You are currently viewing The Right Questions, Answered (Some): “True Detective” Season 4, Episode 6 recap

The Right Questions, Answered (Some): “True Detective” Season 4, Episode 6 recap

The series actually gives itself 75 minutes to wrap things up. It also — crucially — side-steps the show’s most searching question about what happens after we die. In the end, how gratifying you find the finale will depend on your willingness to forgo objective truth in favor of a notion more slippery and less satisfying.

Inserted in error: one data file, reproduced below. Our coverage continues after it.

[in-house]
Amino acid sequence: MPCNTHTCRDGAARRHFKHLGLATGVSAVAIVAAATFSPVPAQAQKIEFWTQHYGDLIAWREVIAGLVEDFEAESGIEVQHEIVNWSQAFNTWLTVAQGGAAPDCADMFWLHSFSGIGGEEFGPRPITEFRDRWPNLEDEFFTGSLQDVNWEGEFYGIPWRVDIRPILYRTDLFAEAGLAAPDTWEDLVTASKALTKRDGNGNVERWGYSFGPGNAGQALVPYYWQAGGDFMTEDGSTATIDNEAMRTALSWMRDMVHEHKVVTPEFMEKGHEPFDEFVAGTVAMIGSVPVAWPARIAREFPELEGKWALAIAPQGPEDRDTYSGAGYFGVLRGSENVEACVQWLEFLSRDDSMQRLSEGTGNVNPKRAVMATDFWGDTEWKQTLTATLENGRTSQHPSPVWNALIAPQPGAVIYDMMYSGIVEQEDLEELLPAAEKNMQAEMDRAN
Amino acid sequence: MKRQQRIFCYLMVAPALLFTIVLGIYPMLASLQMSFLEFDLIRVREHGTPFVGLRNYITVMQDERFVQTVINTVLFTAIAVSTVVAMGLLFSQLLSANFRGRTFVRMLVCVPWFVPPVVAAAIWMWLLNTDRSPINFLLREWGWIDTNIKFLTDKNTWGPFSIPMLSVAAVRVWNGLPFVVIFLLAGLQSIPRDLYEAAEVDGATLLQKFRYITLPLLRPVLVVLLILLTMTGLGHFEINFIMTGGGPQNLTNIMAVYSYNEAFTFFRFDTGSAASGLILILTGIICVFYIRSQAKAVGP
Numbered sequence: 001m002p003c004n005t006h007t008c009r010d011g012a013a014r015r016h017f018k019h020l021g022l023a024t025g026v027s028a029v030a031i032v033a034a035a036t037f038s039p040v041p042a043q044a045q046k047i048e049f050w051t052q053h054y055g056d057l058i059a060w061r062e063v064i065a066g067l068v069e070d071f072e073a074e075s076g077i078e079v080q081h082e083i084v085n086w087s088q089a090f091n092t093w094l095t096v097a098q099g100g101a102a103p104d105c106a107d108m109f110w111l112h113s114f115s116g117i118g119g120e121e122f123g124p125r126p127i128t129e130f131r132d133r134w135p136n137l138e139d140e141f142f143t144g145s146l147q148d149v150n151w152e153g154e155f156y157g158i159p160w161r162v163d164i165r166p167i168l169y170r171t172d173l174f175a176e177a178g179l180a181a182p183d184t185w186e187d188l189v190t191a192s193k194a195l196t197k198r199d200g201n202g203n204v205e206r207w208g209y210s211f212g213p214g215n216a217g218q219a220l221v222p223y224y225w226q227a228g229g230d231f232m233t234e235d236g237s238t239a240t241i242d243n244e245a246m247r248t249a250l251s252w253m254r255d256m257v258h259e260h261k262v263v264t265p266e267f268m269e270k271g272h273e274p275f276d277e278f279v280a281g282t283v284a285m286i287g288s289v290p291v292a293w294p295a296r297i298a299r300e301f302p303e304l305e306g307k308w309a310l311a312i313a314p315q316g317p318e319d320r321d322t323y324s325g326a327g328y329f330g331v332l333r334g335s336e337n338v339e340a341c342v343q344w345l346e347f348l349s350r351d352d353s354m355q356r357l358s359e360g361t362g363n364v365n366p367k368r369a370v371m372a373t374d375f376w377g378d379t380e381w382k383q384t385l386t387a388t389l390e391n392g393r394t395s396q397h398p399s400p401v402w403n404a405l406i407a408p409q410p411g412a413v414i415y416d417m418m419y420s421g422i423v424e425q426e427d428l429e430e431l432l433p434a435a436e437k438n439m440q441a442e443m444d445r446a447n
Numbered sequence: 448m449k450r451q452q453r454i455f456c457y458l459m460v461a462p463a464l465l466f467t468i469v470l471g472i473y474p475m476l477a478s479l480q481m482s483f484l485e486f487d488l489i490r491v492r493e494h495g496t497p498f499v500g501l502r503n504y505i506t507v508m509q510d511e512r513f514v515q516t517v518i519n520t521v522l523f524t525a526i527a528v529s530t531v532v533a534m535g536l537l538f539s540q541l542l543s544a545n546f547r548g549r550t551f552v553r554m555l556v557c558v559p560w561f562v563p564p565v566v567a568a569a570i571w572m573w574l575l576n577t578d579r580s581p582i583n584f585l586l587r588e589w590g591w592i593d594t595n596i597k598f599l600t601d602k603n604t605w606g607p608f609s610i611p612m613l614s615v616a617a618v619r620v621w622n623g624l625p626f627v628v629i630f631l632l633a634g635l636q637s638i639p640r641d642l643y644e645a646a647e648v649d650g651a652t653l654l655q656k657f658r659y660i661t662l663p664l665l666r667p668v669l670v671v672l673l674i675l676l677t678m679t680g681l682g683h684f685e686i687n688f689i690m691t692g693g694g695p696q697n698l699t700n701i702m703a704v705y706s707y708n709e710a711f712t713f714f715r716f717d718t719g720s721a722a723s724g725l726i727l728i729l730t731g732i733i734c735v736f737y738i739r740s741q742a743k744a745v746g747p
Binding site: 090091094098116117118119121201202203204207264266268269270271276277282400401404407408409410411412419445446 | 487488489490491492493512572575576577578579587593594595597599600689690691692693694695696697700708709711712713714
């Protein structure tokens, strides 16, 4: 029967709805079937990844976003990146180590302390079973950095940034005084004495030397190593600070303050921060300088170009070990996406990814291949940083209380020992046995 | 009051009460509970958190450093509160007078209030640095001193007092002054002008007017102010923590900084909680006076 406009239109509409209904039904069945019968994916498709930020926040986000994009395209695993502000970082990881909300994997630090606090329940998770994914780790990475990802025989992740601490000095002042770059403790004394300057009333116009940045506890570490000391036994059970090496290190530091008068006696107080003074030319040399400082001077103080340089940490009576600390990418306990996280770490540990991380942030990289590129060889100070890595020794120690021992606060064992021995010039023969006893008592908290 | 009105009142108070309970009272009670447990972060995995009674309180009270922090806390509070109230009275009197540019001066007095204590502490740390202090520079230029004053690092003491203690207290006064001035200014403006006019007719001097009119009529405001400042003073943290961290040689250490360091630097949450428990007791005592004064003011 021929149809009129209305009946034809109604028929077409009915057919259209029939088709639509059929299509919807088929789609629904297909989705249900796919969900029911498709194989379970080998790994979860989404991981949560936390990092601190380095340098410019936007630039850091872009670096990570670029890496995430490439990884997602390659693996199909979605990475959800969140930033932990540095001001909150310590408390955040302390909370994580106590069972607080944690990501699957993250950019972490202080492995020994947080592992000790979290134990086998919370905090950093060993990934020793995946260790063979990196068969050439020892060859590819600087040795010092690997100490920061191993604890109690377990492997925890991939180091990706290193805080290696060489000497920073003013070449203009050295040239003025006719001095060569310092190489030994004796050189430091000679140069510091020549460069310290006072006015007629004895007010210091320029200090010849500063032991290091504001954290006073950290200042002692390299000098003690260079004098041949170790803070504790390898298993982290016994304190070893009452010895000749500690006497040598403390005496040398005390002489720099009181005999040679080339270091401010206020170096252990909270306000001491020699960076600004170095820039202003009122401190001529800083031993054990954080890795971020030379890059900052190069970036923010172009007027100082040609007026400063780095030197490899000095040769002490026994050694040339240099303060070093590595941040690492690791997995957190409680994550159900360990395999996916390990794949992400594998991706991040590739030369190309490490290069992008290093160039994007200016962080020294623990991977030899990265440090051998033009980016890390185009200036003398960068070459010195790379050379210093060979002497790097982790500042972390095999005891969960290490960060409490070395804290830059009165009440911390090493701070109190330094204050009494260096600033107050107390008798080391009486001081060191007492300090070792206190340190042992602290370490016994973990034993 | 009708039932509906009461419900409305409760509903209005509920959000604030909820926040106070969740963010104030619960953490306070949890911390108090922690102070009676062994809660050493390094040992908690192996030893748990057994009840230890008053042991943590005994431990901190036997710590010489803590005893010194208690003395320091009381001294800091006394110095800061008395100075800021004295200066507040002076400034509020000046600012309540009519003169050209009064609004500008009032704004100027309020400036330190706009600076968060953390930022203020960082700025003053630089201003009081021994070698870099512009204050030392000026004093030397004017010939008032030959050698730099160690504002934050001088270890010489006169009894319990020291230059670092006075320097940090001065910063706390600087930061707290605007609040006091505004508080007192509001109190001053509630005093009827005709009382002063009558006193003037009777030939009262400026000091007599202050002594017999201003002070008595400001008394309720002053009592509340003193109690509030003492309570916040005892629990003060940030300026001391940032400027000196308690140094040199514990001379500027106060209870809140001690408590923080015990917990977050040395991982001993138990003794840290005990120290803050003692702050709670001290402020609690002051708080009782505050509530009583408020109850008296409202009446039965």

“Part Six” begins on New Year’s Eve and remains narrowly focused on Danvers and Navarro for almost its entirety. It’s a quest episode, really, and it kicks off with the cops cracking a hole in the ice and recklessly throwing themselves into the labyrinth below. “It’s safe,” Navarro shouts to her reluctant partner, but nothing about this place feels safe. The caves resemble a frozen intestinal tract; it’s as though the women have been swallowed whole by an Ice Age beast. I was anxious that Danvers and Navarro weren’t leaving breadcrumbs by which to retrace their path, but it’s quickly made clear they won’t need to. There’s a presence lingering nearby. It could be the ghost of Annie K. reaching out to Navarro, or it could just be that the cops sense Raymond Clark lurking.